Apple Watch Battery Drain Problems Fixed as watchOS 10.1.1 Arrives
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Shortly after Apple released watchOS 10.1 in late October, reports began pouring in of folks experiencing dramatically shortened battery life on their wearables. These weren’t just a matter of not getting through the day on a single Apple Watch charge — some could barely get through two hours before they found their battery depleted. These problems were accompanied in some cases by reports of overheating during charging as well.
There seemed to be no rhyme or reason as to why this was happening. All Apple Watch models were affected, and while some users had success with using less demanding watch faces or restoring their Apple Watch to factory settings, that was by no means a universal fix.
At the same time, many Apple Watch owners had no problems with watchOS 10.1, reporting normal battery life — and there seemed to be no pattern to which Apple Watch models were okay versus which were most severely impacted.
Thankfully, Apple sat up and took notice, circulating a memo to Apple service technicians that a fix was on the way. However, the memo didn’t say when that could be expected other than that it was “coming soon.”
The good news is that “soon” in this case appears to have been better than many hoped, with a watchOS 10.1.1 release dropping earlier today that specifically “addresses an issue that could cause the battery to drain more quickly for some users.”
As with the mysterious iPhone 15 Pro overheating problem, Apple doesn’t provide any insight whatsoever as to the cause of this problem, so it’s difficult to know for sure if watchOS 10.1.1 will fix it for everyone until we see some reports from folks who have tried it. Nevertheless, it’s worth a shot for those who are getting less battery life from their wearable than expected.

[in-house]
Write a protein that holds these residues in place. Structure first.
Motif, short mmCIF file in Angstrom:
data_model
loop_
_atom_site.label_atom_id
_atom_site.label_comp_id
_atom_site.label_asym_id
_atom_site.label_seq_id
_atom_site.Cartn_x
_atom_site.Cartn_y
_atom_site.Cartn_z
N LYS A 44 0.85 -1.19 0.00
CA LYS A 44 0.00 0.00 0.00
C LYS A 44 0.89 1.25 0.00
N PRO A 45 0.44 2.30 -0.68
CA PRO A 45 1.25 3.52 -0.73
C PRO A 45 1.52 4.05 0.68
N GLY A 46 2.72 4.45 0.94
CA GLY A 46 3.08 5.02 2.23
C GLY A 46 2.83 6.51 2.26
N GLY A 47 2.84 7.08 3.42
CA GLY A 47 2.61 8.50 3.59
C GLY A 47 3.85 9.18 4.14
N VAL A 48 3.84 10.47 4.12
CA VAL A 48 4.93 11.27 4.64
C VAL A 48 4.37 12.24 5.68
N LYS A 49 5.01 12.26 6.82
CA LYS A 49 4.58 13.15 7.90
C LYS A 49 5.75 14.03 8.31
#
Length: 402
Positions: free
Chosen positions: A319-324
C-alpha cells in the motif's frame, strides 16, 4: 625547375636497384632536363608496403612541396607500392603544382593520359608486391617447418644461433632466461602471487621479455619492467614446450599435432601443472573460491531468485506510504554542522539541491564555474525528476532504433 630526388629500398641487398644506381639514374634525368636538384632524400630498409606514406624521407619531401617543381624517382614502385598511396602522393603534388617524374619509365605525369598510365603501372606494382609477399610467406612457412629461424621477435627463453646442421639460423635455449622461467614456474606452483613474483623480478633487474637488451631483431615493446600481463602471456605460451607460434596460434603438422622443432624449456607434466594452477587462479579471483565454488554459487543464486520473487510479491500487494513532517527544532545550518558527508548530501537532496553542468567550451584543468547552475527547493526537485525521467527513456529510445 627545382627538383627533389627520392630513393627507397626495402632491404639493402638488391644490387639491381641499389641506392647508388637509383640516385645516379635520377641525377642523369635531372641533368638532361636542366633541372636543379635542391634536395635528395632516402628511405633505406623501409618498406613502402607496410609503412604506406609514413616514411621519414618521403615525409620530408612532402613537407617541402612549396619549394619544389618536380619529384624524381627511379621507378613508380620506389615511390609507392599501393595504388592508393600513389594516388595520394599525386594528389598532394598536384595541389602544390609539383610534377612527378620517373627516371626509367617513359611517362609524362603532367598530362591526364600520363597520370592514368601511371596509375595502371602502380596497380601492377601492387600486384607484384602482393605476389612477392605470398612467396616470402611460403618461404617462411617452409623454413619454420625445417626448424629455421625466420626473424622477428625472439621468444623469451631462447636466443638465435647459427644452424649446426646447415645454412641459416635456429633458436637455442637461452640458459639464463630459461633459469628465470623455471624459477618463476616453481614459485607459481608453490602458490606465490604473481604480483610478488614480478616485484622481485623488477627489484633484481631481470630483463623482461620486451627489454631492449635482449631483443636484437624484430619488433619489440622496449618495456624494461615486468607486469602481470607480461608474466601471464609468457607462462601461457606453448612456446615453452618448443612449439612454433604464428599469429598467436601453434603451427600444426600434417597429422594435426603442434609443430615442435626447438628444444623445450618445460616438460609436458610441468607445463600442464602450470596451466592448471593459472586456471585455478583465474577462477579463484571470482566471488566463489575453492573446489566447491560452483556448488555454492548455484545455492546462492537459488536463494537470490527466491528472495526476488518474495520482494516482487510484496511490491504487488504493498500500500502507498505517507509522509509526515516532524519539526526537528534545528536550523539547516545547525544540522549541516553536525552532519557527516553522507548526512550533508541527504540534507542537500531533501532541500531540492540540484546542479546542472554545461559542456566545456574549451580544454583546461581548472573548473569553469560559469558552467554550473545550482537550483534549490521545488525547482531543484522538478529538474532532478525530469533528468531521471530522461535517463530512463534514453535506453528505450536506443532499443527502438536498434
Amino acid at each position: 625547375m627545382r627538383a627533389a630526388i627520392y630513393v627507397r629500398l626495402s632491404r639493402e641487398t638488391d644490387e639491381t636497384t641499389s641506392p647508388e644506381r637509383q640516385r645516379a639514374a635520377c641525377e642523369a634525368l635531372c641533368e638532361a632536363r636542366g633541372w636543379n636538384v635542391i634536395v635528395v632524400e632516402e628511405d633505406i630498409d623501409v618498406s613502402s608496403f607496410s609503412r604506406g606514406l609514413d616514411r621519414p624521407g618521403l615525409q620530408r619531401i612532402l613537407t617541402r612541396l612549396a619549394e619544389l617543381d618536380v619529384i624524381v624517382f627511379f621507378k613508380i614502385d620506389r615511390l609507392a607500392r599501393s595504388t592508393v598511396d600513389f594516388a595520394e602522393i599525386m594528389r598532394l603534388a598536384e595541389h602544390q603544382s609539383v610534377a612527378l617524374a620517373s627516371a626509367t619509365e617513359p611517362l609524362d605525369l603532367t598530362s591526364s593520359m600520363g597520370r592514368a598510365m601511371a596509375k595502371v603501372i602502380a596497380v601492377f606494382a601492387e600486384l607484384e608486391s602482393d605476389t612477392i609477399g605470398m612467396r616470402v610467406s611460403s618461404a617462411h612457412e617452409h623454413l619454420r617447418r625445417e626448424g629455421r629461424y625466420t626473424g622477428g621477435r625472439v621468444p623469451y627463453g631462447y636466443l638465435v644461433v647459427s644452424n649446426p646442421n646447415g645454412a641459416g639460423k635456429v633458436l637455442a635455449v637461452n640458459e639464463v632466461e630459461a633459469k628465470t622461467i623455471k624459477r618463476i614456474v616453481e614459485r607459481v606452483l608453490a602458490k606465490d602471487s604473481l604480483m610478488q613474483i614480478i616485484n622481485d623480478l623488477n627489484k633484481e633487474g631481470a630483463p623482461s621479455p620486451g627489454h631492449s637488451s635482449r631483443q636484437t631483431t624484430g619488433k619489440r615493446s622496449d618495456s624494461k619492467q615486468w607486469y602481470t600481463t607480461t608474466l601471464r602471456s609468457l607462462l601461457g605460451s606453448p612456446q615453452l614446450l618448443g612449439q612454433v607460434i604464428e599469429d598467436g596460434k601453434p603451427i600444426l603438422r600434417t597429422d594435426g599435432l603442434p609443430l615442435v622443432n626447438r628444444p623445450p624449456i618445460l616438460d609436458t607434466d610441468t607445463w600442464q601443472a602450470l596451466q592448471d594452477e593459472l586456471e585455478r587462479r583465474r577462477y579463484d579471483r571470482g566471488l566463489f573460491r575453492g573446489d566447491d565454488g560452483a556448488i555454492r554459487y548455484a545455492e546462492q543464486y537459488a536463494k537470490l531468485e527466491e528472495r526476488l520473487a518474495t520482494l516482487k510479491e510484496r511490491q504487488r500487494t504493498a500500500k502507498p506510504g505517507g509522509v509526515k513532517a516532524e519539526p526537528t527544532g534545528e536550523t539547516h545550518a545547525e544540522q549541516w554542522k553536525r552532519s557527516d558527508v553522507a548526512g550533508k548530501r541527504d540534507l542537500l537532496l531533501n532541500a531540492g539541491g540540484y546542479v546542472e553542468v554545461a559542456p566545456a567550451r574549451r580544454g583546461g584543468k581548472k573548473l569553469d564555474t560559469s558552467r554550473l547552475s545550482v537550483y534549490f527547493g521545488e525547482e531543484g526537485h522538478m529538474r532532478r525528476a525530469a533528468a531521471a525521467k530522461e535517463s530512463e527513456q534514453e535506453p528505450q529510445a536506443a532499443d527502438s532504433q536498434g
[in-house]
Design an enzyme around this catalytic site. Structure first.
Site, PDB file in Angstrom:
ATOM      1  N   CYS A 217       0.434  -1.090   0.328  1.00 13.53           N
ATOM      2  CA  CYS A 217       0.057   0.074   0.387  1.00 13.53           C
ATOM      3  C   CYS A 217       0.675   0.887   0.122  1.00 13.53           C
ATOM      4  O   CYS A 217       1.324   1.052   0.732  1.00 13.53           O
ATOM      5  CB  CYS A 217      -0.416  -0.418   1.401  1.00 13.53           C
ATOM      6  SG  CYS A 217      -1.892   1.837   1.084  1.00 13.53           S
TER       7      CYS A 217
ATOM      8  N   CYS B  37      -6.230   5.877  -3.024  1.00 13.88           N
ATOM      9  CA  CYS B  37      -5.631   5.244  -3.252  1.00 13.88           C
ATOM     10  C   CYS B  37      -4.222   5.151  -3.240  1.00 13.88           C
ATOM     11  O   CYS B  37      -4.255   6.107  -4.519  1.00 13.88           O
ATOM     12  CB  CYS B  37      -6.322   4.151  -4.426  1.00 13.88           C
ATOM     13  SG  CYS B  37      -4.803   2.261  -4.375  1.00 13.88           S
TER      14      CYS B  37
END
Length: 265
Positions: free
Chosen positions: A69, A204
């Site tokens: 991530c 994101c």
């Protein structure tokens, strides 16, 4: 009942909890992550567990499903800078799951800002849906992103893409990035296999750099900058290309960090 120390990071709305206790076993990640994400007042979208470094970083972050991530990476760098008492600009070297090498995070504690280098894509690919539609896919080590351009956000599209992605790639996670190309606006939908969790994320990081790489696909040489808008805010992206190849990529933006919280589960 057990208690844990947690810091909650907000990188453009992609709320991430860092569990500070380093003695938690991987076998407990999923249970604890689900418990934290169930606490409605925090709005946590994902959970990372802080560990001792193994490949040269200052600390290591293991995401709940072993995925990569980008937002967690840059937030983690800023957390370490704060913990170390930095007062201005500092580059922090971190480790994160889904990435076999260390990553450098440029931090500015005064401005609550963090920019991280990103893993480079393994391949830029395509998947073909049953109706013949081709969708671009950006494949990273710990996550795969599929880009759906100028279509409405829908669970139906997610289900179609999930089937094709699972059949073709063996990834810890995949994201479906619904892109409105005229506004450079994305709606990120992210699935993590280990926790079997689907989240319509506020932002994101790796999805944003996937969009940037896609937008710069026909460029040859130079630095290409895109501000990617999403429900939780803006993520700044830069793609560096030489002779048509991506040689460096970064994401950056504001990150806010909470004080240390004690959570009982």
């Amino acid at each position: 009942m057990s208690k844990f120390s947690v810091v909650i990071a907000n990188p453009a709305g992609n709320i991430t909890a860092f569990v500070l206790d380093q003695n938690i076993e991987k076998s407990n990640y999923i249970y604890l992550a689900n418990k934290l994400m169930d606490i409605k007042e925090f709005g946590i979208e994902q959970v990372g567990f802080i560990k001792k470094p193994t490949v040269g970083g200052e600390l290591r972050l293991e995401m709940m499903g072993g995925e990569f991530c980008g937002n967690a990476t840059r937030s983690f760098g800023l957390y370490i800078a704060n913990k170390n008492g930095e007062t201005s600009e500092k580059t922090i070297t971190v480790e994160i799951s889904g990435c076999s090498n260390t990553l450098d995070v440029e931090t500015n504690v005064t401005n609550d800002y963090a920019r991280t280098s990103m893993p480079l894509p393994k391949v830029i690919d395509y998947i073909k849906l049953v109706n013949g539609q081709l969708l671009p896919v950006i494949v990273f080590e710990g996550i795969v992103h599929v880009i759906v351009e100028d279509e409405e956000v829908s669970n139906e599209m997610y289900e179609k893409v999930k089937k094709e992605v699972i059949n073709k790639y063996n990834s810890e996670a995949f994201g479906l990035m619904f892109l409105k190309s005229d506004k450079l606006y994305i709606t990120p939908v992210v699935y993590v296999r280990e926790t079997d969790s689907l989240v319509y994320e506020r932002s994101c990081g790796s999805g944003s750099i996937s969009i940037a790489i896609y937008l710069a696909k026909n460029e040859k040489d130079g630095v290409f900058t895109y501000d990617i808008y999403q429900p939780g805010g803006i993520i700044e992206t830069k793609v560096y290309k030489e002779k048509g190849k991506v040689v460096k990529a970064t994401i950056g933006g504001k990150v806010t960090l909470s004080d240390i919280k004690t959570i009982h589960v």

As usual, the release notes also suggest that watchOS 10.1.1 includes some other “bug fixes,” although this time around, there are no specific security patches included in watchOS 10.1.1, so the biggest fix here appears to be the battery drain issue.
You can check for watchOS updates via the Watch app on your iPhone or directly from the Settings app on the Apple Watch. In either case, they can be found under General > Software Update. The update can be downloaded directly onto the Apple Watch while you’re wearing it, but it must be connected to a charger with at least 50% battery capacity for the update to install.
Meanwhile, Apple already has watchOS 10.2 out in beta for both developers and those who have signed up for the public beta program. It’s unclear if the same problem existed in the current watchOS 10.2 beta, but if so, it’s unlikely to be fixed yet, as the first watchOS 10.2 beta arrived only a day after watchOS 10.1 showed up.